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Improving Surgical Outcomes and Patient Health: Perioperative Smoking Cessation Interventions

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Abstract

Purpose of Review

This review is aimed at discussing the evidence for perioperative smoking cessation interventions and at describing the components of an effective, multimodal smoking cessation intervention.

Recent Findings

The increased risks associated with smoking around the time of surgery are well established. There is strong evidence for the benefits of perioperative smoking cessation interventions, which include increasing smoking abstinence and decreasing surgical complications. Interventions should aim to start at least 4 weeks preoperatively and provide ongoing support; however, starting any time before or after surgery is beneficial. Collaboration between multiple healthcare providers is important. Accessible patient education tools and appropriate pharmacotherapy are useful adjuvants.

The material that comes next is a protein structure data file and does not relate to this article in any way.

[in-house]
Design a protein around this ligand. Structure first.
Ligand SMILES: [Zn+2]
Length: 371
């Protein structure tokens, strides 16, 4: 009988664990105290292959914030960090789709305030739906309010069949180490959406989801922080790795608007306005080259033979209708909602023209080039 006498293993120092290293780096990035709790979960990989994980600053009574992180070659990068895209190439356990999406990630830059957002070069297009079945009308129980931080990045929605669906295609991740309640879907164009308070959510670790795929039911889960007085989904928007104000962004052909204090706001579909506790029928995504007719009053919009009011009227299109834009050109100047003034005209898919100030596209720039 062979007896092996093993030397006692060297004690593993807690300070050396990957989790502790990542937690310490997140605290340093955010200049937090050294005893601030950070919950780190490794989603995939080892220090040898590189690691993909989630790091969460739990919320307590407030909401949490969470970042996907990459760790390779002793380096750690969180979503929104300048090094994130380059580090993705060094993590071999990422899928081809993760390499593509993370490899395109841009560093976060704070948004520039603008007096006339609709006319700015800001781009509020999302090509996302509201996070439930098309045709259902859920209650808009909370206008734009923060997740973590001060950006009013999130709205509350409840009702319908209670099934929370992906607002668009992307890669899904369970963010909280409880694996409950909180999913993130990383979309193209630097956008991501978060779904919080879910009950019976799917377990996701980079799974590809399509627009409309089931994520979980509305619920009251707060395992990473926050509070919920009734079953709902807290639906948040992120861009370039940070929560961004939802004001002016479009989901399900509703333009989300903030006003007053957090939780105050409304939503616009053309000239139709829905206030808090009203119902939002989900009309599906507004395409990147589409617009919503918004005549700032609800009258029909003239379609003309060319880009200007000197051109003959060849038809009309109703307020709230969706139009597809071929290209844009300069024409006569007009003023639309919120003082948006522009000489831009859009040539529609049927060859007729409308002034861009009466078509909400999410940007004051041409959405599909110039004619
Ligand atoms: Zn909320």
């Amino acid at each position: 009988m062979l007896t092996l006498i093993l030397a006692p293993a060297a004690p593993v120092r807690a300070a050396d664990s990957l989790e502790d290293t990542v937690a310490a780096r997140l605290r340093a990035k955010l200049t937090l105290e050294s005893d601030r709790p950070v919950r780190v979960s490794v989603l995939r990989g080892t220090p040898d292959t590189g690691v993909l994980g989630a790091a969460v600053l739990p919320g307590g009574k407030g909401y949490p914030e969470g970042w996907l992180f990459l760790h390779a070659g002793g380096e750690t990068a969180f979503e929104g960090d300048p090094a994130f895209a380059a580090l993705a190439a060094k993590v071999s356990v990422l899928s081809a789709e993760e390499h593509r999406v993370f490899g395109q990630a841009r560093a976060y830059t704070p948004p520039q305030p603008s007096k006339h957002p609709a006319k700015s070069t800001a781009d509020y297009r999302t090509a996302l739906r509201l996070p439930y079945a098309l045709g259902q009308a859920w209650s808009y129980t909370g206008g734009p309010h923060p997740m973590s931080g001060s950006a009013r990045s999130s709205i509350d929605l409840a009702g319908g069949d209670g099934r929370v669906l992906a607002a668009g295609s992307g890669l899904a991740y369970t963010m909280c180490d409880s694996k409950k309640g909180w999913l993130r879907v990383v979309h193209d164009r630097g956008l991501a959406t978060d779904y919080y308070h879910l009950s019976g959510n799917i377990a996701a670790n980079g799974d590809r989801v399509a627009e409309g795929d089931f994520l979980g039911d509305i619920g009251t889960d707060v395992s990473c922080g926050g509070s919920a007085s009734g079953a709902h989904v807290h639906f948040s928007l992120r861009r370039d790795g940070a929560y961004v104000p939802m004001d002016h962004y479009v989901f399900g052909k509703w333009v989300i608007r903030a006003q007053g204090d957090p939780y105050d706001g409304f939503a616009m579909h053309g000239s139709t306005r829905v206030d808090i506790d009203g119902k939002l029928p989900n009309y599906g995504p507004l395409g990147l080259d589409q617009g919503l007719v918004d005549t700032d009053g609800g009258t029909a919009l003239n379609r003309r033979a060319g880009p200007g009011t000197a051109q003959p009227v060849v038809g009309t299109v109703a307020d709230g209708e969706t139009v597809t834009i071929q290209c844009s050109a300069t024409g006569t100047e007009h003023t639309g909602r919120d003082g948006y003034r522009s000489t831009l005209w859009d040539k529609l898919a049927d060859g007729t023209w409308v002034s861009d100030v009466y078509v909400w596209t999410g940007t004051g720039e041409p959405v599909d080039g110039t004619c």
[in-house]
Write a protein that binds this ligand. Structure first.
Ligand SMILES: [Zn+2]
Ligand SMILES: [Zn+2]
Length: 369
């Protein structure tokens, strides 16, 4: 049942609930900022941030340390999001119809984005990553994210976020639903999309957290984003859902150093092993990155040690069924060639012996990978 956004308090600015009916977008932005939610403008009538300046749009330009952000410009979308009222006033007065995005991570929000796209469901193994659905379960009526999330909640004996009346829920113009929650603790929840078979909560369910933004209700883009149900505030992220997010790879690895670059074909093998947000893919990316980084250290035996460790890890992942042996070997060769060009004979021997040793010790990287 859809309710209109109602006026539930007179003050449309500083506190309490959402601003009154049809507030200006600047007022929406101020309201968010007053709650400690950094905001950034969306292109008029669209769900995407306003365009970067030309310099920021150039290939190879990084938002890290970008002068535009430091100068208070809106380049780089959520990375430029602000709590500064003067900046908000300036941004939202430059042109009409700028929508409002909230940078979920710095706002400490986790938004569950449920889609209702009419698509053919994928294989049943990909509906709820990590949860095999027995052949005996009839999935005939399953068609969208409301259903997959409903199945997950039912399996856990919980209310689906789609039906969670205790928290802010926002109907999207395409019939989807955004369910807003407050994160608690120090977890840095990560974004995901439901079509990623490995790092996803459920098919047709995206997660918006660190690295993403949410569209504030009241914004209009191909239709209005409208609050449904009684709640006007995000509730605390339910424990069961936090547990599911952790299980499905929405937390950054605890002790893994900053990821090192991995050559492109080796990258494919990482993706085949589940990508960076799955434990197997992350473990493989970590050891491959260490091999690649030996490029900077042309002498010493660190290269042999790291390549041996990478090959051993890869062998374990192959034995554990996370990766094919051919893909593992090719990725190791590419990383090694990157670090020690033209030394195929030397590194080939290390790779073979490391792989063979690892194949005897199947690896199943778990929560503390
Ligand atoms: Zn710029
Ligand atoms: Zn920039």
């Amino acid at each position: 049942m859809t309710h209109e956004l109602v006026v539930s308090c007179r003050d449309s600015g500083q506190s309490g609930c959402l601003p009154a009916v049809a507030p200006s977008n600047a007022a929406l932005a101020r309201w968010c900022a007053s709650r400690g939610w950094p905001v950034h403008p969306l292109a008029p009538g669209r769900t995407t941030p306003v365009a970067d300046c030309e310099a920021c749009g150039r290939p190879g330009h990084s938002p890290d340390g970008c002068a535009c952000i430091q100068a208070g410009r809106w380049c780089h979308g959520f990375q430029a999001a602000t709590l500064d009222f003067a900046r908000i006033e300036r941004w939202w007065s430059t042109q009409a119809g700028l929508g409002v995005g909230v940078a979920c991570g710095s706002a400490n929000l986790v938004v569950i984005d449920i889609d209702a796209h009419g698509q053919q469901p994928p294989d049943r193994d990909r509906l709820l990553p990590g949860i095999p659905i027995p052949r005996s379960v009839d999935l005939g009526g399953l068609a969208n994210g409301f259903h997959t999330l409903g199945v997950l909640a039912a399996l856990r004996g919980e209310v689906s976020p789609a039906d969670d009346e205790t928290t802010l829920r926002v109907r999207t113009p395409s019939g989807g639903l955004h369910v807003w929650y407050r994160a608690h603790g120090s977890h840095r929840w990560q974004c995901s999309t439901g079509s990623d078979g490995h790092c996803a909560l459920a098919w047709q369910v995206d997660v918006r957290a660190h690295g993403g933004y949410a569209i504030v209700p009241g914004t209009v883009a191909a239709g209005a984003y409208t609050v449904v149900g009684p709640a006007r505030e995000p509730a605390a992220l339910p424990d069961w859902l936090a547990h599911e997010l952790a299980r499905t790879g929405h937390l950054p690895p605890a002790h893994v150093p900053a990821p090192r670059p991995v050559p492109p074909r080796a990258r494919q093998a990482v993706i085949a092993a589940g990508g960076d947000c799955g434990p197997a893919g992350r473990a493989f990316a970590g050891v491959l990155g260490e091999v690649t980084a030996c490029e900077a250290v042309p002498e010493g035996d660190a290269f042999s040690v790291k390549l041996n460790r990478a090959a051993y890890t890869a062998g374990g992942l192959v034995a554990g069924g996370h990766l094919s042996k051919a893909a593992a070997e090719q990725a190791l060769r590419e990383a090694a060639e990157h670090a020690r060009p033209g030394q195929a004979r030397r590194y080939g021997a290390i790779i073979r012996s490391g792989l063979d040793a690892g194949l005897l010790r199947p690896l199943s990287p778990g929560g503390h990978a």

Summary

Perioperative smoking cessation interventions have proven benefits and should be implemented. This review describes and provides evidence for the various components of a multimodal perioperative smoking cessation program.

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Correspondence to Jean Wong.

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Conflict of Interest

Dong An declares that he has no conflict of interest.

Jean Wong has received research funding from the Ontario Ministry of Health and Long-Term Care, the Anesthesia Patient Safety Foundation, and Merck Canada, and is the recipient of a Merit Research Award from the University of Toronto Department of Anesthesia.

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An, D., Wong, J. Improving Surgical Outcomes and Patient Health: Perioperative Smoking Cessation Interventions. Curr Anesthesiol Rep (2020). https://doi.org/10.1007/s40140-020-00370-0

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Keywords

  • Smoking cessation
  • Perioperative care